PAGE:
Home Alone

Vacations in Europe and to more exotic destinations are fashionable in Israel these days. Even when both parents work at demanding full-time jobs, they use their precious vacation days to travel abroad without the children.

So who is watching the children? Besides their regular child-care arrangement, a combination of various grandparents, relatives, paid babysitters, and whatever can be cobbled together. I already wrote about the rumble at the local park. I also heard about a child who was up with severe diarrhea for several nights, while the elderly grandmother slept over and cared for him. The parents were abroad for over a week. The grandmother hadn’t wanted the responsibility, but the parents assured her that the onus would be on the paid babysitter. That’s not how it turned out. How can a babysitter take the child to a doctor and decide whether he is ready to go back to gan? Parents just assume that “yihyeh beseder” (it will be okay) and the child will stay healthy, there won’t be a school strike, and the babysitter won’t have a family emergency during the parents’ trip. Then there was the couple who went to Thailand for three weeks, while their children went to a different relative every day. In this case the mother didn’t want to go, yet had made a social commitment to travel with other couples.

Young children, even if they stay healthy, are unpredictable about their reactions to a change in routine. By the time the parents realize that their child was not ready for such a long separation the damage has been done.

Even one Shabbat can be too long, but there is no way of contacting the parents if they are observant.

I also have to ask myself how this attitude fits with a couple choosing a two-career lifestyle “because they need the money.” If they really regret leaving their children for work, they would make the extra effort to spend their leisure time with them. I have a friend who didn’t go out in the evenings for several years, because she worked during the day. I find that attitude to be rare. Most parents with busy careers get babysitters several times a week or send the kids to the grandparents at every opportunity. Even young babies stay in their “misgeret” (daycare or literally framework) when the parents are off, on Fridays for example. I know that working parents are stressed and that there is never enough time for all the errands and housework and couple time. But such vacations show where the parents’ true priorities lie. I am afraid our children are absorbing the message.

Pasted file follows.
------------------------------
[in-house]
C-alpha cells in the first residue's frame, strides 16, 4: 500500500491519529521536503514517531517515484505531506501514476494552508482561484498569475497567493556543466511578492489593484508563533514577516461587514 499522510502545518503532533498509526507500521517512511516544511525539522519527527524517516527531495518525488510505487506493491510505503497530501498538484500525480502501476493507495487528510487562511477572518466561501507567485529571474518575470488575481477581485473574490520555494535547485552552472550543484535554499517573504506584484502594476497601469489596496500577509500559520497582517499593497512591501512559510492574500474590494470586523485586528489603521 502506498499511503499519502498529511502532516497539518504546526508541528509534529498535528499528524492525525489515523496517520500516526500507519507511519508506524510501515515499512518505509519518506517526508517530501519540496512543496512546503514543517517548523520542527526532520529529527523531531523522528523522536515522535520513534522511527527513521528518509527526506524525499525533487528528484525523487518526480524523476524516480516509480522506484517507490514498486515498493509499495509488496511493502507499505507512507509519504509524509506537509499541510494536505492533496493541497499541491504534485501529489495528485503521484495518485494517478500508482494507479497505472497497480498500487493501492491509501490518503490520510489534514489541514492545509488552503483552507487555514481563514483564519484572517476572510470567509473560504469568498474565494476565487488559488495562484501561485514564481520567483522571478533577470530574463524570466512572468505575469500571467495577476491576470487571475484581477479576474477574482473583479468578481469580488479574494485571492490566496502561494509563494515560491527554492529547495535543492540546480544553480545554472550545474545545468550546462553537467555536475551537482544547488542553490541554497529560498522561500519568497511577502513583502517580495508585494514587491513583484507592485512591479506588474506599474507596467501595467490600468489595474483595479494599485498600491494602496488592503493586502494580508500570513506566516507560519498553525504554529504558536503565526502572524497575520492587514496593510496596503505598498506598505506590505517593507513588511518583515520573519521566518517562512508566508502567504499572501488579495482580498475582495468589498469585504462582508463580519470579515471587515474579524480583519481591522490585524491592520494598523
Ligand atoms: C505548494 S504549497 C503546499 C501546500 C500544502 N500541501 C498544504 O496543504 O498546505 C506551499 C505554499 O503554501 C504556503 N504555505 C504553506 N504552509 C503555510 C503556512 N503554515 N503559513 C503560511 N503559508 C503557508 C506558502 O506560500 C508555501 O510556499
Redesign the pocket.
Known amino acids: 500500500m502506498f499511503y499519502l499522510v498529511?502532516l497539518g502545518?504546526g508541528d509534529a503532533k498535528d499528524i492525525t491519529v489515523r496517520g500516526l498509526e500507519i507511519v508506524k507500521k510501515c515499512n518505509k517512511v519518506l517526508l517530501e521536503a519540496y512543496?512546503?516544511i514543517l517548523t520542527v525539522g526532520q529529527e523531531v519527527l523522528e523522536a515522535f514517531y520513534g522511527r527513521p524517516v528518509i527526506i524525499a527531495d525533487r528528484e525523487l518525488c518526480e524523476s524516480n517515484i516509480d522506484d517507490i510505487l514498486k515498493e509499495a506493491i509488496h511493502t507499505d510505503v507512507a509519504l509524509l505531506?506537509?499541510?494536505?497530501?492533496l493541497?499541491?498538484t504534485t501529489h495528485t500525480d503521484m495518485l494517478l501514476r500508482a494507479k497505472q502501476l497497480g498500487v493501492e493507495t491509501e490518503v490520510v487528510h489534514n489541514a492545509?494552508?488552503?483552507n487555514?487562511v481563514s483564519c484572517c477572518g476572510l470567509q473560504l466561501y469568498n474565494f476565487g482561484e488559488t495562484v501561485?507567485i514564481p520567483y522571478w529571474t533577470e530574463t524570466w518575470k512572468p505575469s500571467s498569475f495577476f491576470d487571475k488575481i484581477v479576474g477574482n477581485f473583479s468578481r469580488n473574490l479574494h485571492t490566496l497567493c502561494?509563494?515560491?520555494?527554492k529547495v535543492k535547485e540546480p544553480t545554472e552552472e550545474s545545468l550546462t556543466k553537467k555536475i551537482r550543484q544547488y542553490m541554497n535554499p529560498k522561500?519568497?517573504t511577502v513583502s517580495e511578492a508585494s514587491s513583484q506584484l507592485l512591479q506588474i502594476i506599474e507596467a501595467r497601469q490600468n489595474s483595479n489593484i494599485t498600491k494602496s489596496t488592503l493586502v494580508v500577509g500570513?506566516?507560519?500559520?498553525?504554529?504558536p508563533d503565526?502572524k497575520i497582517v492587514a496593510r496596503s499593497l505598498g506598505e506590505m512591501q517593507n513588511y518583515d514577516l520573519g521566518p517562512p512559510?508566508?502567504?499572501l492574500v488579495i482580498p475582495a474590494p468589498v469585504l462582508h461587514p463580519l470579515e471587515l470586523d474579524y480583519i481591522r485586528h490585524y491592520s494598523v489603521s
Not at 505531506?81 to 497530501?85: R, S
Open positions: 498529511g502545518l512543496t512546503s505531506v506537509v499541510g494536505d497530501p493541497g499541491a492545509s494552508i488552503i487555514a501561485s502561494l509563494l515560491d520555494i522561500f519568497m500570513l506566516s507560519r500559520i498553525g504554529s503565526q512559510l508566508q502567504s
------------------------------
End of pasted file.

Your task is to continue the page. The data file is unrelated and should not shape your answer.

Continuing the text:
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Comments

  1. rubbergob says:

    I just wanted to let you know that I agree with you. That is a very sad situation and I am sure children know the score. As a mother with a one year old, my husband and I would never dream of going away without our daughter. We are always compensating for the fact we both work. As soon as one of us is out of work we pick her up from childcare, if I am at home for the day I would never bring her to childcare as that is less time with me. I feel so sad for the children you speak of and of the messages they may be recieving about their importance in their parents world.

  2. mother in israel says:

    Good for you for your attitude. I’m sure your daughter will thank you for it one day.

  3. Jerusalem Joe says:

    seen this a lot too. i keep wondering what is the point of making children if you don’t want to take care of them?

  4. SephardiLady says:

    I am afraid that our children are absorbing the message that they are 2nd place (or 3rd, or 4th, or 5th place) too.

    This is a great post on an important topic. Kids have enough unscheduled uncertainty as it is since parents and other siblings get sick, have major life events, etc. I can’t understand putting more uncertainty into life on purpose.

    I owe you an email. Expect one soon. 🙂

  5. It’s not just Israel.
    I remember reading an article by someone who was raised in South Africa. The maid quit just before the parents were planning a vacation. What panic until they found a new one before their flight. They carefully locked up the jewelry, but left their kids with the stranger.

  6. You’ve got to be kidding: you expect a working mom to keep her kid HOME with her on her off-days? Come on, get real. Why spoil the kids routing? And he will miss the Shabbat party at gan. What could you possibly be thinking??? Besides, Fridays are paid for.
    How about the parents who go beserk when maon is closed for a little while in the summer? Don’t you know of the kids who go to kaytana when maon is closed, because he “needs” the socialization?

  7. mother in israel says:

    Unreasonable, I know.

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